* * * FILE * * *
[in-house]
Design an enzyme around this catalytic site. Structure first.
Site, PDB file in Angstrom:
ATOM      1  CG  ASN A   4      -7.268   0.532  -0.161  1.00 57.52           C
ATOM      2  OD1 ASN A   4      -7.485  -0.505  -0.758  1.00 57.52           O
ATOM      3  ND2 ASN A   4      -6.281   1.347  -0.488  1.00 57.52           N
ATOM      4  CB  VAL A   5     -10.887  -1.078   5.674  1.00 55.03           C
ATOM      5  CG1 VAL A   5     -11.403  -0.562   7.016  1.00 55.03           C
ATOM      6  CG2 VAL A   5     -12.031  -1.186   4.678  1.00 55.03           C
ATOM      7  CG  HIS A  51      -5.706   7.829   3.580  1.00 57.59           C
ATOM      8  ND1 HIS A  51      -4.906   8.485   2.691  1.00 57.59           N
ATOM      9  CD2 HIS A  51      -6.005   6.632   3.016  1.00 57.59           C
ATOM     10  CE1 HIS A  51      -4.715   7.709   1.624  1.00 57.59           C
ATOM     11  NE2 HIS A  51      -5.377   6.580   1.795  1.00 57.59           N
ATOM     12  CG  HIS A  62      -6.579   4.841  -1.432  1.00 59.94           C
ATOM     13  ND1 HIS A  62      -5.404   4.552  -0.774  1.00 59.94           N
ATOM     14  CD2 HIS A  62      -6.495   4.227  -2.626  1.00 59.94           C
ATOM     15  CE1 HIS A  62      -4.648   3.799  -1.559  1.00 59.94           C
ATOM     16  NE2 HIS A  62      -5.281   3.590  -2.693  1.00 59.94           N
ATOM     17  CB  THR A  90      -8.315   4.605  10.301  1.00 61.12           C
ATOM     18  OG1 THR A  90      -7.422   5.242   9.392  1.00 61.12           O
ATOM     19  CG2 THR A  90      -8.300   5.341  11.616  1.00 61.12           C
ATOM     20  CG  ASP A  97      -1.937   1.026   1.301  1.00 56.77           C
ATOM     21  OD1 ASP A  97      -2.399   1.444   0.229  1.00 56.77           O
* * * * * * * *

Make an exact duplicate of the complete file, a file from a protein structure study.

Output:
[in-house]
Design an enzyme around this catalytic site. Structure first.
Site, PDB file in Angstrom:
ATOM      1  CG  ASN A   4      -7.268   0.532  -0.161  1.00 57.52           C
ATOM      2  OD1 ASN A   4      -7.485  -0.505  -0.758  1.00 57.52           O
ATOM      3  ND2 ASN A   4      -6.281   1.347  -0.488  1.00 57.52           N
ATOM      4  CB  VAL A   5     -10.887  -1.078   5.674  1.00 55.03           C
ATOM      5  CG1 VAL A   5     -11.403  -0.562   7.016  1.00 55.03           C
ATOM      6  CG2 VAL A   5     -12.031  -1.186   4.678  1.00 55.03           C
ATOM      7  CG  HIS A  51      -5.706   7.829   3.580  1.00 57.59           C
ATOM      8  ND1 HIS A  51      -4.906   8.485   2.691  1.00 57.59           N
ATOM      9  CD2 HIS A  51      -6.005   6.632   3.016  1.00 57.59           C
ATOM     10  CE1 HIS A  51      -4.715   7.709   1.624  1.00 57.59           C
ATOM     11  NE2 HIS A  51      -5.377   6.580   1.795  1.00 57.59           N
ATOM     12  CG  HIS A  62      -6.579   4.841  -1.432  1.00 59.94           C
ATOM     13  ND1 HIS A  62      -5.404   4.552  -0.774  1.00 59.94           N
ATOM     14  CD2 HIS A  62      -6.495   4.227  -2.626  1.00 59.94           C
ATOM     15  CE1 HIS A  62      -4.648   3.799  -1.559  1.00 59.94           C
ATOM     16  NE2 HIS A  62      -5.281   3.590  -2.693  1.00 59.94           N
ATOM     17  CB  THR A  90      -8.315   4.605  10.301  1.00 61.12           C
ATOM     18  OG1 THR A  90      -7.422   5.242   9.392  1.00 61.12           O
ATOM     19  CG2 THR A  90      -8.300   5.341  11.616  1.00 61.12           C
ATOM     20  CG  ASP A  97      -1.937   1.026   1.301  1.00 56.77           C
ATOM     21  OD1 ASP A  97      -2.399   1.444   0.229  1.00 56.77           O